Cannon’s flexible design Feedwater Heater can easily be used as a gas condensing water heater.
What is the difference between a regular economizer and a condensing economizer? The difference is the temperature range in which the economizer is operated. Our water heater units may look identical in outward appearance, but can be used in a condensing application if originally design to do so. A traditional economizer is operated in a hot environment, the tubes and the flue gases are over 200°F. A condensing economizer water heater operates in a cool environment, where the tubes and flue gasses may be well under 150°F. A large savings increase occurs when the flue gas temperature is decreased to under 135°F, but this is only effective when burning natural gas. Potential corrosion of the stack downstream can be addressed by upgrading the materials of the stack.
To get the best heat recovery, entering water temperatures should be in the range of 40F to 100F. This captures the most latent heat from the flue, and therefore the provides best Return on Investment
All CBW condensing water heaters feature stainless steel construction, the norm for this application, and we have several grades of stainless to choose from for many of the components in the unit.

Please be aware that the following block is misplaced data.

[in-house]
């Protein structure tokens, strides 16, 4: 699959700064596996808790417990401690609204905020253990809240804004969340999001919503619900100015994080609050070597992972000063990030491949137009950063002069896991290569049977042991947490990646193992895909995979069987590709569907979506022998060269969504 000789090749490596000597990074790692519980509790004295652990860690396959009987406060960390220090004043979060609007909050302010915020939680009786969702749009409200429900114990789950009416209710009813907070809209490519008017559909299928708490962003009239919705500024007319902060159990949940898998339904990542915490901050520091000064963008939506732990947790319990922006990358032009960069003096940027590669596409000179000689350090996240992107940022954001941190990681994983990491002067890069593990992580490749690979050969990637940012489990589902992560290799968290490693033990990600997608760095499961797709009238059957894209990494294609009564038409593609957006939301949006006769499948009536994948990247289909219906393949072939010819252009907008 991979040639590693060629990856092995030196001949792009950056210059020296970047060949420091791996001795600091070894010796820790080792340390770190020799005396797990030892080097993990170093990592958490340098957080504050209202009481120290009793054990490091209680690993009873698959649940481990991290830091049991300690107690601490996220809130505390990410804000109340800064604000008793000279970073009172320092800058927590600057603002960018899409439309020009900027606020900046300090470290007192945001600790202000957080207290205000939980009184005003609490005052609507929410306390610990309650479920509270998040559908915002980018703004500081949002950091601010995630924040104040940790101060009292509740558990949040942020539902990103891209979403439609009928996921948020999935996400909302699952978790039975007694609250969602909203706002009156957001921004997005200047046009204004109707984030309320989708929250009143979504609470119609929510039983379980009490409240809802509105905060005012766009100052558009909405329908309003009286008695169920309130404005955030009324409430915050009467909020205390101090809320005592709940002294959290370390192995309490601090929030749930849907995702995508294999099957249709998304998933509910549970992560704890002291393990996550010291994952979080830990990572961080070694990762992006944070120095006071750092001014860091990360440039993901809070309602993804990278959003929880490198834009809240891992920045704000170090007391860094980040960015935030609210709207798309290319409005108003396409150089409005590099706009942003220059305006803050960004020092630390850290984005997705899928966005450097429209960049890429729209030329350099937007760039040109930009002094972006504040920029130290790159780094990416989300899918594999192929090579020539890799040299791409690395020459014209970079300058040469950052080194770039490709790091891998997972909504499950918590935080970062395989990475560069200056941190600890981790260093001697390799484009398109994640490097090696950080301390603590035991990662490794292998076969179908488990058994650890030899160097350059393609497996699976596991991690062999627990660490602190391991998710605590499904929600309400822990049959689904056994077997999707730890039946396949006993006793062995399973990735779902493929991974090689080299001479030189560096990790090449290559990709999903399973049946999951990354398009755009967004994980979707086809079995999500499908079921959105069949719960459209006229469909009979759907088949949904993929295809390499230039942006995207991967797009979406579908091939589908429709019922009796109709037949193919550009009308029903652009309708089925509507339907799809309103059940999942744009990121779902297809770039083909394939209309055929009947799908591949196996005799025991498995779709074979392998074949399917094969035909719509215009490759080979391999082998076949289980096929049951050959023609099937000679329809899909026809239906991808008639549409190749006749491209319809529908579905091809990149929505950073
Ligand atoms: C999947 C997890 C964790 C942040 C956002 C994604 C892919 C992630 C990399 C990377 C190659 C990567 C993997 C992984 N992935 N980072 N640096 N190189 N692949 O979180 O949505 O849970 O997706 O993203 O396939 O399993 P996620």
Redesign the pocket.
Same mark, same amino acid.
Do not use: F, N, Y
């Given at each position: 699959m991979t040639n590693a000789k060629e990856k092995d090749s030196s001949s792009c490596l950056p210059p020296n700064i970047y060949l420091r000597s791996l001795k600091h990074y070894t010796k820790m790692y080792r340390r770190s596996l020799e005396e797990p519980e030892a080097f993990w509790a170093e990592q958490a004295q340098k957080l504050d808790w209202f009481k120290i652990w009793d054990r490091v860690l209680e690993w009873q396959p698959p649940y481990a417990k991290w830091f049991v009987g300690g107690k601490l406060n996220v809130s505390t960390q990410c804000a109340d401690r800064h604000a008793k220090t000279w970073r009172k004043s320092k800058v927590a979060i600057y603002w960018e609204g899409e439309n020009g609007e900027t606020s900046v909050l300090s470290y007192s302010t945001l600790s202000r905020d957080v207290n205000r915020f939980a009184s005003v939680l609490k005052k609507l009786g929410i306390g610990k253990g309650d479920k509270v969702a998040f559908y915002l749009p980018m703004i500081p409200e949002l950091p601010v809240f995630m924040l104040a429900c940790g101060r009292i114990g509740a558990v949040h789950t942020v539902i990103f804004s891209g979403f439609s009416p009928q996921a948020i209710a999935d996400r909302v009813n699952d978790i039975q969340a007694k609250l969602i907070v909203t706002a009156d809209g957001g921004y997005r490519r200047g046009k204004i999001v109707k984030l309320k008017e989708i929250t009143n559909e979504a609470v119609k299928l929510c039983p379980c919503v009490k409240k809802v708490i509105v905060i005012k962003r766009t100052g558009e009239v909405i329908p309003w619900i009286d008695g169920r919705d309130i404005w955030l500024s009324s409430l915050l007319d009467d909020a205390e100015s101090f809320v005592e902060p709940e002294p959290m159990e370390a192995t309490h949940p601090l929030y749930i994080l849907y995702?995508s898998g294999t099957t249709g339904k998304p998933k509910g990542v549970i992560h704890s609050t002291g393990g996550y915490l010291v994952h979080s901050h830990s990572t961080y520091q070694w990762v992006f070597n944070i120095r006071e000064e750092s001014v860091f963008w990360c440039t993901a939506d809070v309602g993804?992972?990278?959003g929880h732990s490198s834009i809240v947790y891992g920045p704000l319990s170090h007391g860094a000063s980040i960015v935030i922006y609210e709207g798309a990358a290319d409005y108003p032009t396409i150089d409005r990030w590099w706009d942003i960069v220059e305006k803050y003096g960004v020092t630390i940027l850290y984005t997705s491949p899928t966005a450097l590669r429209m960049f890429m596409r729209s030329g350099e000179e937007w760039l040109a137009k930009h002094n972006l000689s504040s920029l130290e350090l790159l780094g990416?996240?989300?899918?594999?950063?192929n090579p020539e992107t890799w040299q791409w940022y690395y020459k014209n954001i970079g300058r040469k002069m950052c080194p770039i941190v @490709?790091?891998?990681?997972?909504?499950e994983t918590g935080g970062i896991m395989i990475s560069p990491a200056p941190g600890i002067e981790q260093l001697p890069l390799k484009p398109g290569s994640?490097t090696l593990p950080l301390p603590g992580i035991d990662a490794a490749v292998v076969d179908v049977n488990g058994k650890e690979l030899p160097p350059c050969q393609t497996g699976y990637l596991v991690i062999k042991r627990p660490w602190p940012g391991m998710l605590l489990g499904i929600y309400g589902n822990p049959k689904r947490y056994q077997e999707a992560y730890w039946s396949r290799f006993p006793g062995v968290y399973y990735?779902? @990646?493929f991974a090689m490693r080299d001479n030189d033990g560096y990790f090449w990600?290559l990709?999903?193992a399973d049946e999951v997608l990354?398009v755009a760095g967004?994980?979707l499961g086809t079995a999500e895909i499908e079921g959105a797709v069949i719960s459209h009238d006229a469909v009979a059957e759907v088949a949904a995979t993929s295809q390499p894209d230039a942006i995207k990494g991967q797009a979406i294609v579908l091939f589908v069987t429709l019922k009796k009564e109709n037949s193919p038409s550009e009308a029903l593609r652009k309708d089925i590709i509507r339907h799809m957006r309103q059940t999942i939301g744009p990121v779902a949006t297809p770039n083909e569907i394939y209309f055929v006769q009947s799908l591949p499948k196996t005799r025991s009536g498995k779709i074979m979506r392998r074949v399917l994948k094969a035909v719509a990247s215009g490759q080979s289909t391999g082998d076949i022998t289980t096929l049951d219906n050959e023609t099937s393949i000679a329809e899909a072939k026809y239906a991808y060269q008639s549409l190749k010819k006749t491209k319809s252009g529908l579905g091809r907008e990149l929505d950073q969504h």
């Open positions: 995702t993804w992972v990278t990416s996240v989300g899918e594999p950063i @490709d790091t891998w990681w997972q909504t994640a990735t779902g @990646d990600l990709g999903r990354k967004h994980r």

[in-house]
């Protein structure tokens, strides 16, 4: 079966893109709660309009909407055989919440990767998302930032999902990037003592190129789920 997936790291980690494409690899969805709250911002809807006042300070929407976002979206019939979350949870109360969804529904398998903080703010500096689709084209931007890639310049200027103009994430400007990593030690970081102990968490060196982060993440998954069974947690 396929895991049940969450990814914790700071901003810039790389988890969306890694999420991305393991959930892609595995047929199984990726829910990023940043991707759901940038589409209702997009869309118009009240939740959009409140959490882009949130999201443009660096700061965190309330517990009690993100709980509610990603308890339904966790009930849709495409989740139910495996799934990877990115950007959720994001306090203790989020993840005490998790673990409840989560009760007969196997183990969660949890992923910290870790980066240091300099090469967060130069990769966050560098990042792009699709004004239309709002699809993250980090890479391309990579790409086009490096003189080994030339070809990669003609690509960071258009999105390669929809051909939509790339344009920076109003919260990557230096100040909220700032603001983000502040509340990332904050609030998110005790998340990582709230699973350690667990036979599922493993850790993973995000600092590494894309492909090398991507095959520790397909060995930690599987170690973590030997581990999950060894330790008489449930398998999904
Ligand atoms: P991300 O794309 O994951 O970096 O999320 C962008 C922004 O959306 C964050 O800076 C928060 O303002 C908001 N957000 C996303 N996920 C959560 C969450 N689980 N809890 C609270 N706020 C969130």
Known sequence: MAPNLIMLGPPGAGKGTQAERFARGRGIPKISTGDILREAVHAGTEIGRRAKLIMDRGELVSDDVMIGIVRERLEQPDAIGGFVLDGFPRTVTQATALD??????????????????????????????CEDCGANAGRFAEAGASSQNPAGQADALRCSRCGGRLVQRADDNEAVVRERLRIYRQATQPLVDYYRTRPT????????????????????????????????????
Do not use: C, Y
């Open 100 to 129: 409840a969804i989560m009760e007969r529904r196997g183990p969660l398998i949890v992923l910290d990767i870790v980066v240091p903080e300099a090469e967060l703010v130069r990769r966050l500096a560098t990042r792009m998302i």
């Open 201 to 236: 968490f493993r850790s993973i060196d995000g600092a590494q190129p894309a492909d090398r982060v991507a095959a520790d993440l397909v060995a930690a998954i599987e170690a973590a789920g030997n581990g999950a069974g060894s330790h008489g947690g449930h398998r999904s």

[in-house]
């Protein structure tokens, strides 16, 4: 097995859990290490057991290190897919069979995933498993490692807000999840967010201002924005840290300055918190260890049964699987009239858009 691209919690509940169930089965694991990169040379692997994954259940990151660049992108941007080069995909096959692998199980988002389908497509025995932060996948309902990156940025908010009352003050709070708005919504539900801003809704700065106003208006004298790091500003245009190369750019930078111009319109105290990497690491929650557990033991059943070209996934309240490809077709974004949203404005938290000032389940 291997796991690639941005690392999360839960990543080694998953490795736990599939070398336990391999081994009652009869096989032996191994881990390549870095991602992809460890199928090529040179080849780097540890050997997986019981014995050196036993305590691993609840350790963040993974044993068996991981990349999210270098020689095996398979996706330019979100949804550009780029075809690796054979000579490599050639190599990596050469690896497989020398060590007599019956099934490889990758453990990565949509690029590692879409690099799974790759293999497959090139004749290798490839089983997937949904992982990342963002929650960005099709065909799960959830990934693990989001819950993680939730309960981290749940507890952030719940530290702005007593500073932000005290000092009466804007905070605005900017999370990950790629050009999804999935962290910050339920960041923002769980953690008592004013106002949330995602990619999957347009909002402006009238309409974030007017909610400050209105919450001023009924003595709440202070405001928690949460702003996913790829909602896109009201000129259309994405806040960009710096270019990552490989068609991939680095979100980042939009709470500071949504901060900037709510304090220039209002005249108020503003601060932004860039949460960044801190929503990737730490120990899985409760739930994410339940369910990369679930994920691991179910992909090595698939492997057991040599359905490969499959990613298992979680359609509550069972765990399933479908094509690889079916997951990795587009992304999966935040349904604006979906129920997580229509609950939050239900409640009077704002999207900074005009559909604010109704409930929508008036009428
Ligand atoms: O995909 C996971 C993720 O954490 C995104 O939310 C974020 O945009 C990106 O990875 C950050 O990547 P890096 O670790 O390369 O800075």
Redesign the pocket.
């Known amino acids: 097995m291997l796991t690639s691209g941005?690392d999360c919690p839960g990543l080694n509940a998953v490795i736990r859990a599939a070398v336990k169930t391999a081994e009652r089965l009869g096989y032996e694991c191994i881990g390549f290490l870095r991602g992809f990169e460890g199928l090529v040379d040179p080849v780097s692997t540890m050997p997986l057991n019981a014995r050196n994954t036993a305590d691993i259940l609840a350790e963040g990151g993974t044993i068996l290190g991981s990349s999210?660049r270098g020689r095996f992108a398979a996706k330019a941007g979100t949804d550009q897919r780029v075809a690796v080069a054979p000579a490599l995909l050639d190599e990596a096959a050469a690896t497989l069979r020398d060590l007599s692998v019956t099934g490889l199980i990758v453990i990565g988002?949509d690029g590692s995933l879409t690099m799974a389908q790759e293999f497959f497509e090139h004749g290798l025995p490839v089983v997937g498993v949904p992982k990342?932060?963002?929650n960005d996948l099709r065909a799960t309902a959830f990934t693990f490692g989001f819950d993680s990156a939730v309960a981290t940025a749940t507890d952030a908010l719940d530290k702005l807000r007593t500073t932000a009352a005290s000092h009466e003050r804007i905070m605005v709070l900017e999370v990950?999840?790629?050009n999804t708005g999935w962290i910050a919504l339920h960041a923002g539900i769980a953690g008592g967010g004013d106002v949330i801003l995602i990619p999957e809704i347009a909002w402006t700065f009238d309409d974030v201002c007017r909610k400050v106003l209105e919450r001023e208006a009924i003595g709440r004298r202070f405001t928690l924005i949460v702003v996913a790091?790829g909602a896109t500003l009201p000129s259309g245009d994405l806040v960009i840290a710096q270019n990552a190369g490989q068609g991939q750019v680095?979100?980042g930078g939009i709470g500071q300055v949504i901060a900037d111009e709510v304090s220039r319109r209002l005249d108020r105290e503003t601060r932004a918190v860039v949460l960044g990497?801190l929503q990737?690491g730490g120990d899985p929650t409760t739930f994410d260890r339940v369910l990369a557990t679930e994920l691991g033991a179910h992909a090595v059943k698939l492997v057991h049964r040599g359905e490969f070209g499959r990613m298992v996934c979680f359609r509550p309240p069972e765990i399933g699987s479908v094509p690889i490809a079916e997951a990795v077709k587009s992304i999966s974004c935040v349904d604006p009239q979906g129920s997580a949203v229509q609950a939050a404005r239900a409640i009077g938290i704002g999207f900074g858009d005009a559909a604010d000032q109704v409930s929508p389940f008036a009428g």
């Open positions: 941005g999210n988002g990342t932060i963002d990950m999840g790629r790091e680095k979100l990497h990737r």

Flue baffles and water drains are included to remove water condensed from the flue gas. This water is normally sent floor drains, but can be treated and reused (with extra equipment).
Gas Condensing Water Heater Prospect Qualification Criteria:
- Natural gas, #2 oil, propane, methane (cleaned land fill gas) burning system
- 50 – 3,000 HP boilers
- Operating water/steam pressure greater than 15 psi, 900psig max
- Can flow boiler or non-boiler water streams
- Flue gas pressures in a range of 0.25 inches WC to 6 inches WC
- Inlet water temperature of 40F to 100F
- Flue gas temperatures to 700F
For More information on Gas Condensing Water Heaters call 724.335.8541 or click here to contact us.